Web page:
It started off as just a typical Saturday. Woke up, had breakfast, watched TV, went on my laptop, had lunch etc. The day was an exact replica of every other Saturday that I'd experienced recently. Work has been relentless, constantly asking me to go above and beyond with my abilities. So, when the weekend comes along, I'm exhausted and can barely heave myself out of bed. However, doing virtually nothing comes with drawbacks, especially when you have an uncontrollable yearning to see the world and can't stand to sit still. My mood was low, to say the least. I knew why; one of the reasons was that I hadn't been away for a while. My last trip was to the Seychelles, and as magical as that was, that was 6 months ago now.
I sat at the kitchen table, resting my head on my hand, sighing. That's when my partner turned to me and suggested, "Why don't we go away for the night? Have a road trip."
I felt my heart leap inside my chest, a shred of excitement. For a moment, I wanted to scream yes! But then my anxious side starts to kick in and starts asking logical questions. Are either of us up for driving? Can we even afford it? What if we just argue the entire time? I proceed with my day as usual and don't think anymore of it. My partner suggests things like this sometimes, but we always later decide against it. Why would today be any different?
An hour later, I walk in to find my partner on his laptop. He turns to me, an excited grin on his face.
"We must leave immediately." He says.
He explained the plan. We were to pick up a tent and go camping somewhere. The camping shop shut in little under an hour so we had to act fast. Before we left, we quickly decided on where to go. I suggested the Lake District, looking at google maps which told me it would take roughly 1 and a half hours to get there. He quickly searched for campsites and managed to book us in. It was only £10 per person - great! We told the campsite we'd be there for around 8pm.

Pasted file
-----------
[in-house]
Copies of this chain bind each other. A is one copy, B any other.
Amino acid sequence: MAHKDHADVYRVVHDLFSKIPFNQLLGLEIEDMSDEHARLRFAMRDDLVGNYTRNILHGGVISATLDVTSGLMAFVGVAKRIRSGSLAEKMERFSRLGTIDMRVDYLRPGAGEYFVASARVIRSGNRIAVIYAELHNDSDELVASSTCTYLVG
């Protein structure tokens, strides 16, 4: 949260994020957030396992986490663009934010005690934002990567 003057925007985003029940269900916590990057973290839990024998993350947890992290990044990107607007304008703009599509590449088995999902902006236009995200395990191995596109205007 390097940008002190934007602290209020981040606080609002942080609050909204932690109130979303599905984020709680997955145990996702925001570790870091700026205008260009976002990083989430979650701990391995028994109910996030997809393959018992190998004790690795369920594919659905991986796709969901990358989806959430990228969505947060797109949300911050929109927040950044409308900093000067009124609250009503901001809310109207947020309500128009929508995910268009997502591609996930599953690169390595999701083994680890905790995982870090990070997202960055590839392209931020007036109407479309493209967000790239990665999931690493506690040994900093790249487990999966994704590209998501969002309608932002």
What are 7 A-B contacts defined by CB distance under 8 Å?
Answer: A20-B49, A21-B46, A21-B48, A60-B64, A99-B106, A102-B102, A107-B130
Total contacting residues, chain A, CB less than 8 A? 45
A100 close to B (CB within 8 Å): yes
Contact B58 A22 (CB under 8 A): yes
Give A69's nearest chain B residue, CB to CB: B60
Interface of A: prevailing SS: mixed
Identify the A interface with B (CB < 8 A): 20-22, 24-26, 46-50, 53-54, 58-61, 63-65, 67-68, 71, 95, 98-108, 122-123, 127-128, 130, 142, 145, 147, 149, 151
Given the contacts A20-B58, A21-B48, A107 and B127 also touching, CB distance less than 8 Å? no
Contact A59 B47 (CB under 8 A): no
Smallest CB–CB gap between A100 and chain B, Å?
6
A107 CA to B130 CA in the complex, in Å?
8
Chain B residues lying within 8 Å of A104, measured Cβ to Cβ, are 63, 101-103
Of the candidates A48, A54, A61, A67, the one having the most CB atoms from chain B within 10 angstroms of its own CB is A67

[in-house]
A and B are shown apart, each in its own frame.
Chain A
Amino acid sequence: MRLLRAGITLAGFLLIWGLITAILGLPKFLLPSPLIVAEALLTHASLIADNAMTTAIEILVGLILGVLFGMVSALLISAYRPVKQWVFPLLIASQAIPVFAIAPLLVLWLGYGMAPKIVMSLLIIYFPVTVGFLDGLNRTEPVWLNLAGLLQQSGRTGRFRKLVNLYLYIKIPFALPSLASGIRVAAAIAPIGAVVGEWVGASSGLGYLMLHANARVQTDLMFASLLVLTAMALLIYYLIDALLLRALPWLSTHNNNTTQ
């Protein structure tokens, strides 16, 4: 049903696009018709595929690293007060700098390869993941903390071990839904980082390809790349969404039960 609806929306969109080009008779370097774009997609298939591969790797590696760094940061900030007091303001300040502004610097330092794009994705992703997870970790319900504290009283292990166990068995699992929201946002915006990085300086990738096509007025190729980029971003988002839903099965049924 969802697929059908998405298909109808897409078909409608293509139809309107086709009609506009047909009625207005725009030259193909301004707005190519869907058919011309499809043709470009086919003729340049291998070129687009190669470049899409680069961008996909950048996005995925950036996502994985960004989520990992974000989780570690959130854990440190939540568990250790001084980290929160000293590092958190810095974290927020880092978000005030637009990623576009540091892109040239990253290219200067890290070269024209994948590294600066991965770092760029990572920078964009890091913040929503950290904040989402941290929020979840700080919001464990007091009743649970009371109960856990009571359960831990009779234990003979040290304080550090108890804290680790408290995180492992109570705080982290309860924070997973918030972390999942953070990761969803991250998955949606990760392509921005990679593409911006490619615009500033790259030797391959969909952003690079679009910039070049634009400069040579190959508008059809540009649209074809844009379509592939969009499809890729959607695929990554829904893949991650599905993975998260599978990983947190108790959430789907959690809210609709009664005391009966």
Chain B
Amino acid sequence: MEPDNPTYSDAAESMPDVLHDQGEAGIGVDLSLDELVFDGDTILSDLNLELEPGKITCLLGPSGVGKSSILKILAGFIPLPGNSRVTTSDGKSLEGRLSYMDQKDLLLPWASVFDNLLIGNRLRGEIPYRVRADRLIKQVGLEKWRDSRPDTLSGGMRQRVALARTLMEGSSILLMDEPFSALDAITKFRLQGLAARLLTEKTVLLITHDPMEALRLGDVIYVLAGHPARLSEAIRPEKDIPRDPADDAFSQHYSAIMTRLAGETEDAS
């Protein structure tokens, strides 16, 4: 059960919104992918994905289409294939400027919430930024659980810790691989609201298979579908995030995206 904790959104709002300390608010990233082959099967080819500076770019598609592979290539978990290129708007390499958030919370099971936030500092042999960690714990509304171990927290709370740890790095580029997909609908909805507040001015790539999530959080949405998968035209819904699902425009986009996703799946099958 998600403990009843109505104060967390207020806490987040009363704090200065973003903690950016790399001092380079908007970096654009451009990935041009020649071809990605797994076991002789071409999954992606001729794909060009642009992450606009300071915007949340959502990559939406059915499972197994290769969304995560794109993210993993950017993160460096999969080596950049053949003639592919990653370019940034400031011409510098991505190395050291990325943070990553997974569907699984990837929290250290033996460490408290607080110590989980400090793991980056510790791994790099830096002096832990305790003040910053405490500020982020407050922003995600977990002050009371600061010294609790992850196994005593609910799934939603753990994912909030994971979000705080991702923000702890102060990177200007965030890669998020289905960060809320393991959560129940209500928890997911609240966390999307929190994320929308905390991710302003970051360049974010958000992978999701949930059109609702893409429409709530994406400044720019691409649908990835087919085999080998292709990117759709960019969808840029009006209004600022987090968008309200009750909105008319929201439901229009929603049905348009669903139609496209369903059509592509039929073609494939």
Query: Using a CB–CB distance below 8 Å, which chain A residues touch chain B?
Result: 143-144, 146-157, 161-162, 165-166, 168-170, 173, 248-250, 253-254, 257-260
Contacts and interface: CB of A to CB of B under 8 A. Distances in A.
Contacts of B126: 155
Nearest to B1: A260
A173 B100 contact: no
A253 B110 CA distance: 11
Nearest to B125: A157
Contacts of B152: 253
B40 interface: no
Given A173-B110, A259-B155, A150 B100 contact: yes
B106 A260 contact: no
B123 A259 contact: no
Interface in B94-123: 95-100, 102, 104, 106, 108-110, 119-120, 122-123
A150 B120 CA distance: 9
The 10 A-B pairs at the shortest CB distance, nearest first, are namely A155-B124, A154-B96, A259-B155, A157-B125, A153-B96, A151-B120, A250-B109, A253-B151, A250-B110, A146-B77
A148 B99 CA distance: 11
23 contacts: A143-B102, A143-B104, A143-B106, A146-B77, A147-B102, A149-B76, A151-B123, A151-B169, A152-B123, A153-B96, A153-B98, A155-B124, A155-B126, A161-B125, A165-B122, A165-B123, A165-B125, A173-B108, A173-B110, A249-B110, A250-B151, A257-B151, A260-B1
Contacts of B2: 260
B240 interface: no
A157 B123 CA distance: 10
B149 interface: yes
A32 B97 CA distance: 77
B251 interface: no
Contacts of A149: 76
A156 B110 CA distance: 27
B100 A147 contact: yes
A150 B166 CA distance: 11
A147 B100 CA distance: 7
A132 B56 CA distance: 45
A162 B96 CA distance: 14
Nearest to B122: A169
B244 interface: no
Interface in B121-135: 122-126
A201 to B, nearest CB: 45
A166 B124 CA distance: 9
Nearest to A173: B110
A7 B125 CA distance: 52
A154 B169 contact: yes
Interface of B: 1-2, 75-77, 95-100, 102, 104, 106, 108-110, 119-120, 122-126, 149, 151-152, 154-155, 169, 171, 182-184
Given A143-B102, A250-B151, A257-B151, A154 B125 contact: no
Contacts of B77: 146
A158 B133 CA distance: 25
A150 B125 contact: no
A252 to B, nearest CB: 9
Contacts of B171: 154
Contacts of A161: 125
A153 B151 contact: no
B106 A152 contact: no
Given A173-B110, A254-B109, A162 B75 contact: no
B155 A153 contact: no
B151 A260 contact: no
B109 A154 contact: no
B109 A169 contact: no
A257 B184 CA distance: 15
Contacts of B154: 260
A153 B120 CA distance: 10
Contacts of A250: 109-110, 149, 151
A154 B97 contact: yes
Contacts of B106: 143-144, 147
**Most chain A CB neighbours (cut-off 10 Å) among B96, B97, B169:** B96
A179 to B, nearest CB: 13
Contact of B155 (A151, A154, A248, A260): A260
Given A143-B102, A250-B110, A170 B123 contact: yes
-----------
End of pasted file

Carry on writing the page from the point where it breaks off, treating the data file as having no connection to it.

We raced to the camping shop, arriving with only 20 minutes until it shut. We picked up a tent, sleeping bag, torch... the whole thing! Now all we needed to do was pack and head off.
When the time came to set off, it was 7pm. I put the campsite's post code in my phone. 3 hours to get there. What? I thought it was only going to take an hour and a half? Turns out, we managed to book a campsite in one of the furthest reaches of the Lake District which doubled our journey-time. So, we weren't set to make it until past 10pm, by which time it would be getting dark.
2 hours into the journey and we were both getting irritated. Since leaving the motorway, the roads had got extremely narrow and we must have been driving at an average speed of 20mph. We were both complaining, two complete grumps.
"Why did we have to book the furthest campsite? It all looks the same!" I remember my partner snapping.
At first I held my temper but as my bum started to get sore, I turned crabby too, moaning about how ridiculous the roads were and complaining about every driver we passed. We're a fun bunch, aren't we?
Despite my temper, I couldn't help but admire how scenic the place was. We drove through deep valleys, carved by ancient streams. Rolling hills stretched out for what looked like an eternity, dotted with shrubs and sheep. Rivers ran parallel to the roads in places, trickling peacefully by.